Standing in the parking lot of the Anchorage Correctional Complex Friday morning, Cathleen McLaughlin instructed the people gathered around her to imagine themselves in someone else’s shoes.
“You don’t have food, you’re coming in to an urban place where you’ve never been before, without an ID, and you have no place to go,” she said. “What are you going to do?”
The situation is a reality for Alaskans around the state, said McLaughlin, director of the nonprofit Partners Reentry Center. When people are released from incarceration — when they step off the blue buses in the parking lot of the Anchorage jail — there are upwards of a dozen steps they might need to take in order to get back on their feet. It can be complicated.
So McLaughlin leads tours to walk community members through the process. Re-entry is more successful when more people know how it works, she said.
“Until you understand what the steps are, you can’t really appreciate some of the barriers people have to healthy release,” she said.
It all starts in the parking lot on Third Avenue.
“People release in this parking lot just like where we’re standing right now,” McLaughlin told the group of more than a dozen people gathered for a tour May 24. “This is the beginning of an idea freedom for some of the people who are being released from some of the institutions.”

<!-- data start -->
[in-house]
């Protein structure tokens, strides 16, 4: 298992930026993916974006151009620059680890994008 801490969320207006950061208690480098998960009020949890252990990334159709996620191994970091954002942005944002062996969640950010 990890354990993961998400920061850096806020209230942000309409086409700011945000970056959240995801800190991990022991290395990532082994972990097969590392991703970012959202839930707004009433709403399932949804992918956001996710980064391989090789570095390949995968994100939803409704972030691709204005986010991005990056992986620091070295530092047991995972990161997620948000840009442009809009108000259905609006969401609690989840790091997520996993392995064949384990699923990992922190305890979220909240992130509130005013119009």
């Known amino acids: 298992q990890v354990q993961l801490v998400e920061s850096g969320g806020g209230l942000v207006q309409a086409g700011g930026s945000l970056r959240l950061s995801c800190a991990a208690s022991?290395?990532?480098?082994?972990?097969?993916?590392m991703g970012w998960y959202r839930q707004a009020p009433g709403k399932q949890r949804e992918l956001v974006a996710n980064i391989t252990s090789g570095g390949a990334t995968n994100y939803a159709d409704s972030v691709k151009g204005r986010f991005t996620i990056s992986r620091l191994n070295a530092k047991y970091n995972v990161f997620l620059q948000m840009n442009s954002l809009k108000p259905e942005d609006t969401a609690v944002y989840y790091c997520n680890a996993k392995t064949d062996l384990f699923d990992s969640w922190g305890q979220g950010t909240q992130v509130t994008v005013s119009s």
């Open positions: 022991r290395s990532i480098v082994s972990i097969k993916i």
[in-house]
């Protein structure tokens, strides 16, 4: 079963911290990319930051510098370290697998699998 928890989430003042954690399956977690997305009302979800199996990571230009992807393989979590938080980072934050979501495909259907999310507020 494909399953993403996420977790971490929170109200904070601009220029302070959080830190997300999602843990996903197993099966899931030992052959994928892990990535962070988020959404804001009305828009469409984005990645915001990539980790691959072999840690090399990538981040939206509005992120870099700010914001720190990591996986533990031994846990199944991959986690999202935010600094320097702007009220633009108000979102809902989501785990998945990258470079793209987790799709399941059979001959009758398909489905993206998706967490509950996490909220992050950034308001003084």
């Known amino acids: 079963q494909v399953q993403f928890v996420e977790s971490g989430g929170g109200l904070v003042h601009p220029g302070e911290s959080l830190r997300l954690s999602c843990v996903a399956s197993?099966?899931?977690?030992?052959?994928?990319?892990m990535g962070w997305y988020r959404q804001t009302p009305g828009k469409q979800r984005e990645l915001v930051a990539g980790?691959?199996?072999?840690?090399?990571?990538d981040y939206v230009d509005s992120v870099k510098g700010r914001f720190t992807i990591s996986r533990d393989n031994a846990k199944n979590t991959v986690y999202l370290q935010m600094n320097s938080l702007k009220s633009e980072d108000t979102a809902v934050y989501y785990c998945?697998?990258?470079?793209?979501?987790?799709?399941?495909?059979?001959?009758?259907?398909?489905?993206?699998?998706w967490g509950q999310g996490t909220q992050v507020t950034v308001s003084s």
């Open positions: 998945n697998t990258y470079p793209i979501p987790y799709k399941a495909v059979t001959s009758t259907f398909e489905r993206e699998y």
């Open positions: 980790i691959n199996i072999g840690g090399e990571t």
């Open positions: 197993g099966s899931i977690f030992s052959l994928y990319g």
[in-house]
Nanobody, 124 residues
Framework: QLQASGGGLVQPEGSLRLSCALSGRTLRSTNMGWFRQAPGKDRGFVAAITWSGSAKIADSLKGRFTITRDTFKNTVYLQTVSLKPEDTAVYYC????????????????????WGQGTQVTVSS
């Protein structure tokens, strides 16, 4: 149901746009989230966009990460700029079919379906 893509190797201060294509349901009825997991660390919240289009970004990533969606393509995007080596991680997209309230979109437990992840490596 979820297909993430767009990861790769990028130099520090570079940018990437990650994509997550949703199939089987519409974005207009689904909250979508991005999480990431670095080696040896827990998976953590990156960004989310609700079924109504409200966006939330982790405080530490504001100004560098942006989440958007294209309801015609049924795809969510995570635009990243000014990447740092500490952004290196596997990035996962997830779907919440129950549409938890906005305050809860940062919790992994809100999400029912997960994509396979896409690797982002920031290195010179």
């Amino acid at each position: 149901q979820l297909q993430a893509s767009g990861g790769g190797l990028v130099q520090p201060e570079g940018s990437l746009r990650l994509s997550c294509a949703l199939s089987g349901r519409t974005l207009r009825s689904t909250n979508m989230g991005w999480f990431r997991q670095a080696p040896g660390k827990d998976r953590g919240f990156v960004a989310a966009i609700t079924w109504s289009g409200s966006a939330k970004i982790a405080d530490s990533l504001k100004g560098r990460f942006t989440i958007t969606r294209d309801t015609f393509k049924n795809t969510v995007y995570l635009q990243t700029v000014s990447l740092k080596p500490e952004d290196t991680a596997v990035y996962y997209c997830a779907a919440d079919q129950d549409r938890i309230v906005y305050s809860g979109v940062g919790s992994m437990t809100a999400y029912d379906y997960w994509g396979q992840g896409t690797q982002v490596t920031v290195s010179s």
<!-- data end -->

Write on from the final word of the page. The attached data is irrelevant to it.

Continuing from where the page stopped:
From there, the path winds down Third and Fourth Avenue, with stops at the soup kitchen, the shelter, the public assistance office, the Henry House transitional living facility and the methadone clinic — all the places a person might need to go after their release from jail or prison. Along the route is Partners Reentry Center, a one-story office building where McLaughlin and her staff provide a variety of resources to formerly incarcerated Alaskans.
The entire walk covers nearly four miles of city streets.
McLaughlin has given the tour to politicians and business leaders and community groups. On this particular morning in May, she brought a dozen human resources professionals and health care specialists. Most participants were taking the walk for the first time.
Danielle Wrencher, a mental health clinician at a local treatment center, said she went on the tour because she wanted to experience even a little of what her clients go through. That’s important, she said, because knowing more about the experience helps advocates better serve the people who’ve gone through it.
“People who are coming from jail are often marginalized,” Wrencher said. “Now we’re getting the opportunity to actually walk in their steps.”